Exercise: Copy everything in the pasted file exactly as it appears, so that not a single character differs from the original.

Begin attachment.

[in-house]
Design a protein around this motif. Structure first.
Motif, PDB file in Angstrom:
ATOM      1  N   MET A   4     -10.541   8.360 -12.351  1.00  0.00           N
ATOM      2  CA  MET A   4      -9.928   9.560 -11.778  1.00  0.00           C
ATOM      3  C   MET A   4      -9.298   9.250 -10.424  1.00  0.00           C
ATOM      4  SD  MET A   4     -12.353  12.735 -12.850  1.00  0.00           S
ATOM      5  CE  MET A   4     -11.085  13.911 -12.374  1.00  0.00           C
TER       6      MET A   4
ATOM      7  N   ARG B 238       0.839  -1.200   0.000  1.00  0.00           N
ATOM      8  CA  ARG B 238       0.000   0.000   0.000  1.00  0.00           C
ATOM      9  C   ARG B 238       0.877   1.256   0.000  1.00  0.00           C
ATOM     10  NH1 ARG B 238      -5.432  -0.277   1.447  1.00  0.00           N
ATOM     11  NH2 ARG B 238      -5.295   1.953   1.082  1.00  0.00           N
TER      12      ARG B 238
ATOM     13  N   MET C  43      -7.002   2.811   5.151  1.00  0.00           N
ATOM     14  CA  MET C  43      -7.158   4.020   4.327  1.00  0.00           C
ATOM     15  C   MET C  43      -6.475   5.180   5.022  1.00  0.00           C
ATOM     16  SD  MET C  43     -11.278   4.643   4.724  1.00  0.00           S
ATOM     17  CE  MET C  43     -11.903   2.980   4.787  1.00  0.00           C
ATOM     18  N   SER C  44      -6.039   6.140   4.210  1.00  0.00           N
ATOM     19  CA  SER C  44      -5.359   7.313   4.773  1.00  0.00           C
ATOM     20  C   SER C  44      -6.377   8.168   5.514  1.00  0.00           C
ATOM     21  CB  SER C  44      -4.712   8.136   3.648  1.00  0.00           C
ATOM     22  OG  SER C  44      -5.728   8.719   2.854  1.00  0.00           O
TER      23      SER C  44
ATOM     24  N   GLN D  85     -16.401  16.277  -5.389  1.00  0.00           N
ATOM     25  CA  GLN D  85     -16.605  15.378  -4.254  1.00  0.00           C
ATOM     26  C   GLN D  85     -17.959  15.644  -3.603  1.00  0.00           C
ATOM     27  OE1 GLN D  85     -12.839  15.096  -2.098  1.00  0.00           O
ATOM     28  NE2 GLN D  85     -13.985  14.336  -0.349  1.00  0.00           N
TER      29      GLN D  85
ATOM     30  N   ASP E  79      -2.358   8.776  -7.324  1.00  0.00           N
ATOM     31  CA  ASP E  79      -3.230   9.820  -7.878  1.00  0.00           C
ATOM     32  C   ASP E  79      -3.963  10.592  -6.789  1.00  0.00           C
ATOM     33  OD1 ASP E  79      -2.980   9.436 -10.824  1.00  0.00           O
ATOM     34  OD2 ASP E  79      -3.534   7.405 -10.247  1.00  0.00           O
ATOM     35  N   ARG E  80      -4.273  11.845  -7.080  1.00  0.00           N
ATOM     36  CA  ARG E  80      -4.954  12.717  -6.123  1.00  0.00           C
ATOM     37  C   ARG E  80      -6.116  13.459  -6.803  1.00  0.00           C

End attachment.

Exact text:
[in-house]
Design a protein around this motif. Structure first.
Motif, PDB file in Angstrom:
ATOM      1  N   MET A   4     -10.541   8.360 -12.351  1.00  0.00           N
ATOM      2  CA  MET A   4      -9.928   9.560 -11.778  1.00  0.00           C
ATOM      3  C   MET A   4      -9.298   9.250 -10.424  1.00  0.00           C
ATOM      4  SD  MET A   4     -12.353  12.735 -12.850  1.00  0.00           S
ATOM      5  CE  MET A   4     -11.085  13.911 -12.374  1.00  0.00           C
TER       6      MET A   4
ATOM      7  N   ARG B 238       0.839  -1.200   0.000  1.00  0.00           N
ATOM      8  CA  ARG B 238       0.000   0.000   0.000  1.00  0.00           C
ATOM      9  C   ARG B 238       0.877   1.256   0.000  1.00  0.00           C
ATOM     10  NH1 ARG B 238      -5.432  -0.277   1.447  1.00  0.00           N
ATOM     11  NH2 ARG B 238      -5.295   1.953   1.082  1.00  0.00           N
TER      12      ARG B 238
ATOM     13  N   MET C  43      -7.002   2.811   5.151  1.00  0.00           N
ATOM     14  CA  MET C  43      -7.158   4.020   4.327  1.00  0.00           C
ATOM     15  C   MET C  43      -6.475   5.180   5.022  1.00  0.00           C
ATOM     16  SD  MET C  43     -11.278   4.643   4.724  1.00  0.00           S
ATOM     17  CE  MET C  43     -11.903   2.980   4.787  1.00  0.00           C
ATOM     18  N   SER C  44      -6.039   6.140   4.210  1.00  0.00           N
ATOM     19  CA  SER C  44      -5.359   7.313   4.773  1.00  0.00           C
ATOM     20  C   SER C  44      -6.377   8.168   5.514  1.00  0.00           C
ATOM     21  CB  SER C  44      -4.712   8.136   3.648  1.00  0.00           C
ATOM     22  OG  SER C  44      -5.728   8.719   2.854  1.00  0.00           O
TER      23      SER C  44
ATOM     24  N   GLN D  85     -16.401  16.277  -5.389  1.00  0.00           N
ATOM     25  CA  GLN D  85     -16.605  15.378  -4.254  1.00  0.00           C
ATOM     26  C   GLN D  85     -17.959  15.644  -3.603  1.00  0.00           C
ATOM     27  OE1 GLN D  85     -12.839  15.096  -2.098  1.00  0.00           O
ATOM     28  NE2 GLN D  85     -13.985  14.336  -0.349  1.00  0.00           N
TER      29      GLN D  85
ATOM     30  N   ASP E  79      -2.358   8.776  -7.324  1.00  0.00           N
ATOM     31  CA  ASP E  79      -3.230   9.820  -7.878  1.00  0.00           C
ATOM     32  C   ASP E  79      -3.963  10.592  -6.789  1.00  0.00           C
ATOM     33  OD1 ASP E  79      -2.980   9.436 -10.824  1.00  0.00           O
ATOM     34  OD2 ASP E  79      -3.534   7.405 -10.247  1.00  0.00           O
ATOM     35  N   ARG E  80      -4.273  11.845  -7.080  1.00  0.00           N
ATOM     36  CA  ARG E  80      -4.954  12.717  -6.123  1.00  0.00           C
ATOM     37  C   ARG E  80      -6.116  13.459  -6.803  1.00  0.00           C